Of the 554 mothers whose data was analysed in the Cambridge-led study, many were working and many of the children attended day-care facilities – factors that influenced activity levels of both mothers and children, as well as the association between the two. Other potential influences on maternal activity examined in the study included maternal education, whether the child had siblings, and whether his or her father was present at home…
The activity levels of parent and child were, for the first time, recorded over whole daytime periods for up to seven days. The resulting data allowed the researchers to plot physical activity throughout the day and over the course of an entire week to see how activities varied across the day and how weekday activity levels compared with weekend activity levels.
The data from mother and child were matched up to see if and how the activity patterns of adults and children correlated. “We saw a direct, positive association between physical activity in children and their mothers – the more activity a mother did, the more active her child. Although it is not possible to tell from this study whether active children were making their mothers run around after them, it is likely that activity in one of the pair influences activity in the other,” said Hesketh.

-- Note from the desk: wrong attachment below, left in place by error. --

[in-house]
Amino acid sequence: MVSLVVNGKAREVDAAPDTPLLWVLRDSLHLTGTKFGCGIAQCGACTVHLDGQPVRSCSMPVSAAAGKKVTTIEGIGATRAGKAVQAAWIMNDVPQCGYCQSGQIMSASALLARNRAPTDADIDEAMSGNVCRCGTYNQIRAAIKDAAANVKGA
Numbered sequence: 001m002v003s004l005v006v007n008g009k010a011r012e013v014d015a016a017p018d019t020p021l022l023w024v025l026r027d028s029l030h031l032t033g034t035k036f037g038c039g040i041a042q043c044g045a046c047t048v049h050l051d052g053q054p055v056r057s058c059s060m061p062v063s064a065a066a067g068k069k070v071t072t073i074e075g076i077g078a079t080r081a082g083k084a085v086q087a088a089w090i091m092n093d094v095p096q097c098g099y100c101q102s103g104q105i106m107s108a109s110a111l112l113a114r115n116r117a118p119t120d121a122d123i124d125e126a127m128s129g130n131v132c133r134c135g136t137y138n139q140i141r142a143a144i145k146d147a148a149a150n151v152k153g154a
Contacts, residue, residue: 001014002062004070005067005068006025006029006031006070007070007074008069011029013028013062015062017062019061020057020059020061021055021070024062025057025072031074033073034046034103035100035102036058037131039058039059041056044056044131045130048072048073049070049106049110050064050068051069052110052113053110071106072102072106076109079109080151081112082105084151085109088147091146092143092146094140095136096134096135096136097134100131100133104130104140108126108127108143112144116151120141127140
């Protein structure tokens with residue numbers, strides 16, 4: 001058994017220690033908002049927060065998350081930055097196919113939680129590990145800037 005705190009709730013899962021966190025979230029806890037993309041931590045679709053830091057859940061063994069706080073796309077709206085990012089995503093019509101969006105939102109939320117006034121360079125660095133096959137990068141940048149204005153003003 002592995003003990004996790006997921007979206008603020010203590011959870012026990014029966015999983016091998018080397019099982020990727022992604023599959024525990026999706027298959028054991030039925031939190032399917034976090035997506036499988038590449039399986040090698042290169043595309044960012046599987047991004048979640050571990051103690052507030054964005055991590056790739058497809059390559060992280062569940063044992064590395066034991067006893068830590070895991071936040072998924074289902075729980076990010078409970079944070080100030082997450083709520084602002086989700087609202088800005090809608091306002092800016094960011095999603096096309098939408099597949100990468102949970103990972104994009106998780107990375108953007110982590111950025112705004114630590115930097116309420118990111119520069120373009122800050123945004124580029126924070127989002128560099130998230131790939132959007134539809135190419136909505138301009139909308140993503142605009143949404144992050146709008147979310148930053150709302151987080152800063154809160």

“For every minute of moderate-to-vigorous activity a mother engaged in, her child was more likely to engage in 10 percent more of the same level of activity. If a mother was one hour less sedentary per day, her child may have spent 10 minutes less sedentary per day. Such small minute-by-minute differences may therefore represent a non-trivial amount of activity over the course of a week, month and year.”…
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Image: African American family, man, woman, boy child, mother, father, son playing baseball together outside via ShutterStock